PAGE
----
How to Check Your Breasts for Lumps—Because Everyone Should Know How To
Here are some shocking statistics: About one in eight women will develop invasive breast cancer over the course of her lifetime. Just this year alone, 252,710 new cases of invasive breast cancer are expected to be diagnosed, and if you have a first-degree relative with breast cancer (like your mum or your sister), your chance of diagnosis doubles.
The numbers are scary, but as with any disease, detecting breast cancer early greatly increases your chance of survival, so proactivity is of utmost importance. You were probably taught at some point to feel around your breast for something that feels out of place, but as you age, your breasts undergo a lot of changes, so it's hard to decipher what exactly you should be looking for.
In honour of Breast Cancer Awareness month, we spoke with Elizabeth Comen, MD, BCRF Investigator, assistant attending physician, Breast Medicine Service, Memorial Sloan Kettering Cancer Center, and gynecologist and DeoDoc expert Gunvor Ekman-Ordeberg, MD, PhD, who shared everything you need to know about self-breast exams. Take a look at their answers below.
What should women look for when checking their breasts?
"Self-breast exams help women get to know what their breasts feel like normally and recognize any changes that might not be normal," says Comen. "In general, women should look to see that there is no change in size, shape, or color of their breasts. When touching their breasts, women should feel for any new lumps, skin or nipple changes." If you need further clarification, Comen says to look at online tutorials, like on brestcancer.org, or practice your first exam with a practitioner to ensure you have the steps down pat.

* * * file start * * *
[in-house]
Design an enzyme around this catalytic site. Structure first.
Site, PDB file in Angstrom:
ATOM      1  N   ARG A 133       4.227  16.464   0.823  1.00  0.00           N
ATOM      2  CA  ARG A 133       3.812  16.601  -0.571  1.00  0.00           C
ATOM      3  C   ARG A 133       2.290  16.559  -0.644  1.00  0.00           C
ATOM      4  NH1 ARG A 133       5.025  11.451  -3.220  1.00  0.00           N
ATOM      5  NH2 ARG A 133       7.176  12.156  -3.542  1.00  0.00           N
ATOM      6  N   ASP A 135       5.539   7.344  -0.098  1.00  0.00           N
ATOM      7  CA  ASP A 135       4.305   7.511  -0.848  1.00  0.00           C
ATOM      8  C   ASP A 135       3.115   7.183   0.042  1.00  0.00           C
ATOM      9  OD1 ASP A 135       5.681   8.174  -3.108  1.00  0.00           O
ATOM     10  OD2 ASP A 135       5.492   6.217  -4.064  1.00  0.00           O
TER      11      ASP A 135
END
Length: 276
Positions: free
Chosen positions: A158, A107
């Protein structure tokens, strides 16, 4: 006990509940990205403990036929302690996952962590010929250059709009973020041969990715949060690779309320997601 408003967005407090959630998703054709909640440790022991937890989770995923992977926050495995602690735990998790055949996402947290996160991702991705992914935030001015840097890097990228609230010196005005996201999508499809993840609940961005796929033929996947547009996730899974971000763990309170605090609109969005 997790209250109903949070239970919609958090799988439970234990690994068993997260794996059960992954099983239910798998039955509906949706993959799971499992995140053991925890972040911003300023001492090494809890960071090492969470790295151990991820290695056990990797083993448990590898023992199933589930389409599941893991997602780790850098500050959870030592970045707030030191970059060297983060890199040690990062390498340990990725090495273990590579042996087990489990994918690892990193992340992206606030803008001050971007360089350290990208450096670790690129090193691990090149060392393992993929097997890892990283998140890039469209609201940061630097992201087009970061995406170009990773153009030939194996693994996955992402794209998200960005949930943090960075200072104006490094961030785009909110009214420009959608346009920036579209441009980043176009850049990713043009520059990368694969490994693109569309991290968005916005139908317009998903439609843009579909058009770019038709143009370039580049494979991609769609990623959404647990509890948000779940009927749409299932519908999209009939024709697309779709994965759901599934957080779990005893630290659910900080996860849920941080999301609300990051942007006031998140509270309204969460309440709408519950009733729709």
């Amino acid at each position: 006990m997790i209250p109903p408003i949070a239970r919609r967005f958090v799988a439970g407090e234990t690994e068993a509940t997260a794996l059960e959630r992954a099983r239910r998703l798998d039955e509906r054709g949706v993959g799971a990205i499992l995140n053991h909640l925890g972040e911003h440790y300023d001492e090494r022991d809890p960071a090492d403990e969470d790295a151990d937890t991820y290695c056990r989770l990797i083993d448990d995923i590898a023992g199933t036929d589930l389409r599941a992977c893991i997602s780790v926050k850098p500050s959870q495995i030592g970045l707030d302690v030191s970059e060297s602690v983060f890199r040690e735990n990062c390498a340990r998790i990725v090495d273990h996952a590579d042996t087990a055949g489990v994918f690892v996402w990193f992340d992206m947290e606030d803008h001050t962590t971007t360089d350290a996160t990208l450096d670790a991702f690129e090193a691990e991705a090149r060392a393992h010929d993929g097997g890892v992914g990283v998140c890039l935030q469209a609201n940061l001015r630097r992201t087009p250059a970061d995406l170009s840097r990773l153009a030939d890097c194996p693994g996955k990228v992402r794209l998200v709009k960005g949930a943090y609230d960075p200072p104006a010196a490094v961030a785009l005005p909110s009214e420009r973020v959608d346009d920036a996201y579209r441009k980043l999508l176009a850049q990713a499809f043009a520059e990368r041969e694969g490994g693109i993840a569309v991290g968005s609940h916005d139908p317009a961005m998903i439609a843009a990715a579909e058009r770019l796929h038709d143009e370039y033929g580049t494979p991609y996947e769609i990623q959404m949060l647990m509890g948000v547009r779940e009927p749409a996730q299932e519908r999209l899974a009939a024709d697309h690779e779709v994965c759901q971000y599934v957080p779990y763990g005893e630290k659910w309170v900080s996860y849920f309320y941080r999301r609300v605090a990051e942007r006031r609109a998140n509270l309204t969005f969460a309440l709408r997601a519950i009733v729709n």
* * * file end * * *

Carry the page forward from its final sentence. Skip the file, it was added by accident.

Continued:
Ekman-Ordeberg adds that you should also look for rashes or changes in the skin texture, swelling in the armpit or collarbone area, nipple discharge that leaves the nipple without squeezing, and also take note of pain in the breast or armpit that's present all or most of the time.
How often should women perform a self-check?
"While there are no exact guidelines for how often to perform a self-check, monthly is reasonable," advises Comen. "The best time to perform a self-check is mid-cycle, one week after a woman’s period, when breasts are less sore and swollen. Postmenopausal women can check their breasts monthly."
Ekman-Ordeberg recommends making it a routine each month when you're in the bath or shower.
What age should women start checking their own breasts?
"Although breast cancer in a very young woman is highly unlikely, once a woman has developed breasts, she can learn how to do a self-breast exam," says Comen. "This helps a woman become comfortable examining her breasts and recognizing any changes or lumps that may have developed over time."
Ekman-Ordeberg echos these exact sentiments: "Since breast cancer is the most common cancer in women, it is important to get to know how your breasts look and feel early on. This will help you to easier find out unusual changes or if something feels different. I recommend my patients to start getting familiar and to check their breasts in their mid-20s."
What's something that's often overlooked during self-exams?
"For some women, the breast tissue can extend close to the armpit area," explains Comen. "It's important to also feel underneath the armpit for any new lumps as well. A woman should have a medical professional perform a breast exam at least once a year and seek medical attention for any new changes or concerns." Ekman-Ordeberg says to also check your collarbone area for any lumps or changes.
Next up, take a look at some common factors that can change your breast size.